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Spoken Word Artist Peter Wyngarde

On Saturday, when I couldn’t be at AWP, I consoled myself by attending the Music Box‘s 4th Science-Fiction Spectacular. (It turns out that John Carpenter’s Dark Star (1974) is a wonderful little film—2001 by way of Dr. Strangelove.)

But then Sunday found me, just like Ming the Merciless, boooored once again, so I went back to scouring the internet for Klytus/Destro slash fiction clips from Flash Gordon:

While looking I came across a few tracks from an album I’d never heard of, Peter Wyngarde’s When Sex Leers Its Inquisitive Head (1970). Bring inquisitive myself, I pursued…

Peter Wyngarde, for those who don’t know (I’m a novice myself), before dazzling us as Max von Sydow’s gold-plated henchman General Klytus, was best known as Jason King, the hero of two late-60s/early-70s British spy shows, Department S and its spin-off, Jason King:

Wyngarde’s TV career came to an abrupt end when he was arrested for “gross indecency” (i.e., homosexuality) after being caught with a trucker in a public bathroom. [I don’t know the details of this particular case, but I imagine it’s as outrageous as when Wilde himself was charged (and thereby destroyed). Amazing how insane US and UK culture has been—and can still be—over homosexuality (not to mention sex in general).]

But in 1970, while Wyngarde was still at the height of his fame, he recorded that aforementioned album, When Sex Leers…. Which, judging from even the little that I’ve heard from it, is really something! (Click here for more information on the project.) Three of the tracks are up at YouTube, and I’m embedding them here for our mutual edification.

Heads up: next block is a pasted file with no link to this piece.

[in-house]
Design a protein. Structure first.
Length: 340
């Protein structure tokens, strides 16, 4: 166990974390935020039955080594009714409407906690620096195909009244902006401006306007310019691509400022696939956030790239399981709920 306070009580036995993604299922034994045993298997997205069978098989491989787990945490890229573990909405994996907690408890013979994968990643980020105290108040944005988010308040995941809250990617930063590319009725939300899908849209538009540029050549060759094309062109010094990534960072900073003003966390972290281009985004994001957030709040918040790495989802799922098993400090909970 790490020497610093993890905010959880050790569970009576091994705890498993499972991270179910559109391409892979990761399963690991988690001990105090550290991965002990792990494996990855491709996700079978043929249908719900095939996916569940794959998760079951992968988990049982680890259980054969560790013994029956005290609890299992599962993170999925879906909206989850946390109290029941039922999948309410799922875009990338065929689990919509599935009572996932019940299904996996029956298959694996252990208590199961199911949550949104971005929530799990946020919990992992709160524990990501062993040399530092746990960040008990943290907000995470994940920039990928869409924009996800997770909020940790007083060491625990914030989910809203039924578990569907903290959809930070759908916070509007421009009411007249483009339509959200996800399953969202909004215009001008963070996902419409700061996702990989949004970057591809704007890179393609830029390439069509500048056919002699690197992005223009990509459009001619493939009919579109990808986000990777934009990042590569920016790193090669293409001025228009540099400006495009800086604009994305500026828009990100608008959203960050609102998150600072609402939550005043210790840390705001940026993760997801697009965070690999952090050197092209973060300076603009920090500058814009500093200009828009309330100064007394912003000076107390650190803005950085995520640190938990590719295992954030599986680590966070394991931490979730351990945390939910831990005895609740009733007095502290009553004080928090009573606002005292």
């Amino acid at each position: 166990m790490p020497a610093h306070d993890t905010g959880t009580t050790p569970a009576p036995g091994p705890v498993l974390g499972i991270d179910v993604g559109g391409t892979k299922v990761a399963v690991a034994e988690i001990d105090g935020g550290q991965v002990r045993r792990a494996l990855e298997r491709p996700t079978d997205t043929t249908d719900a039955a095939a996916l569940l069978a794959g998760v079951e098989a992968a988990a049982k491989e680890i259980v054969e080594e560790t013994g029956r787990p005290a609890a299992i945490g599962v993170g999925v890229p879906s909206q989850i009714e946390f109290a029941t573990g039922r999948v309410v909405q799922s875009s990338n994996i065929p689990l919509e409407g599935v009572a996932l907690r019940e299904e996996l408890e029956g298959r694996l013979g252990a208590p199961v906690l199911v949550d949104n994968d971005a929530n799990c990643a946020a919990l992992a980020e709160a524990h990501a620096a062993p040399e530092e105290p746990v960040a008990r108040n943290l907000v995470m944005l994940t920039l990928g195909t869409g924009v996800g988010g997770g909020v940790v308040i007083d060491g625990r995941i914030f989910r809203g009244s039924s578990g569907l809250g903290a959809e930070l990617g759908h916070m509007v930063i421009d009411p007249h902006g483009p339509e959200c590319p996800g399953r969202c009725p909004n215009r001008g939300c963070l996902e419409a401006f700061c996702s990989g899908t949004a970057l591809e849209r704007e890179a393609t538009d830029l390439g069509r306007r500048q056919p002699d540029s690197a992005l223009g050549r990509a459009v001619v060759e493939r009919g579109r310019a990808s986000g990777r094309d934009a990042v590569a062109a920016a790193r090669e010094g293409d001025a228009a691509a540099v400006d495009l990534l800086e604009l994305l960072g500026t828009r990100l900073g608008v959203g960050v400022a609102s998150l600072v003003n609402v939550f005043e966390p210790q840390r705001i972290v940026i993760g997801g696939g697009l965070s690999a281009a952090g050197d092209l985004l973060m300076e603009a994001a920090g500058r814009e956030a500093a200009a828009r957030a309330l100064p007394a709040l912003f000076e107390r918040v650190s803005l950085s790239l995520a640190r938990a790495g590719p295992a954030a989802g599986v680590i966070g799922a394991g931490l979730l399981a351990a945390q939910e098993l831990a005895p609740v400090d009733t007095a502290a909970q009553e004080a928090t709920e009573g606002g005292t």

“Neville Thumbcatch” (a cover of a song by the British band The Attack):

“Hippie and the Skinhead”:


…Morrissey’s apparently a fan of the album (see three minutes into this clip):

Other fans (of Wyngarde, at least) include Mike Myers (who seems to have modeled more than a little of Austin Powers on Jason King), and Chris Claremont and John Byrne, the late-70s/early-80s creative team behind The Uncanny X-Men. They used the man as the basis for their character Jason Wyngarde, a persona of the villain Mastermind, who put a great deal of effort into trying to seduce Jean Grey:

Uncanny X-Men 132: “And Hellfire Is Their Name!” (April 1980). Written by Chris Claremont and John Byrne. Art by John Byrne and Terry Austin. Page 9 (detail).

Their model was partly Wyngarde’s turn as Jason King, but also his appearance in a 1966 episode of The Avengers, “A Touch of Brimstone,” where he portrayed “The Honorable John Cleverly Cartney,” the head of a modern-day incarnation of the actual Hellfire Club:

Apparently that episode proved notorious due to both Diana Rigg’s (supposedly self-designed) outfit:

… as well as a certain whipping scene (see 2:00–end):

Well, what I’m taking away from this weekend is that Peter Wyngarde is in fact immortal, and that General Klytus is in fact actually Jason King, former head of the Hellfire Club. When he fell through that trapdoor, he traveled through a wormhole and arrived at Mongo, where he applied what he learned about whips from Diana Rigg.

And it was probably his idea that Flash Gordon and Prince Barin should battle using whips…

His apparent death at the end of that scene (once again see five minutes in) must also be a fake-out. He just left for someplace else, and is living there still, teaching youngsters how to whip and to speak-sing perverse songs…

Long may he live!

  • A. D. Jameson is the author of five books, most recently I FIND YOUR LACK OF FAITH DISTURBING: STAR WARS AND THE TRIUMPH OF GEEK CULTURE and CINEMAPS: AN ATLAS OF 35 GREAT MOVIES (with artist Andrew DeGraff). Last May, he received his Ph.D. in Creative Writing from the Program for Writers at UIC.

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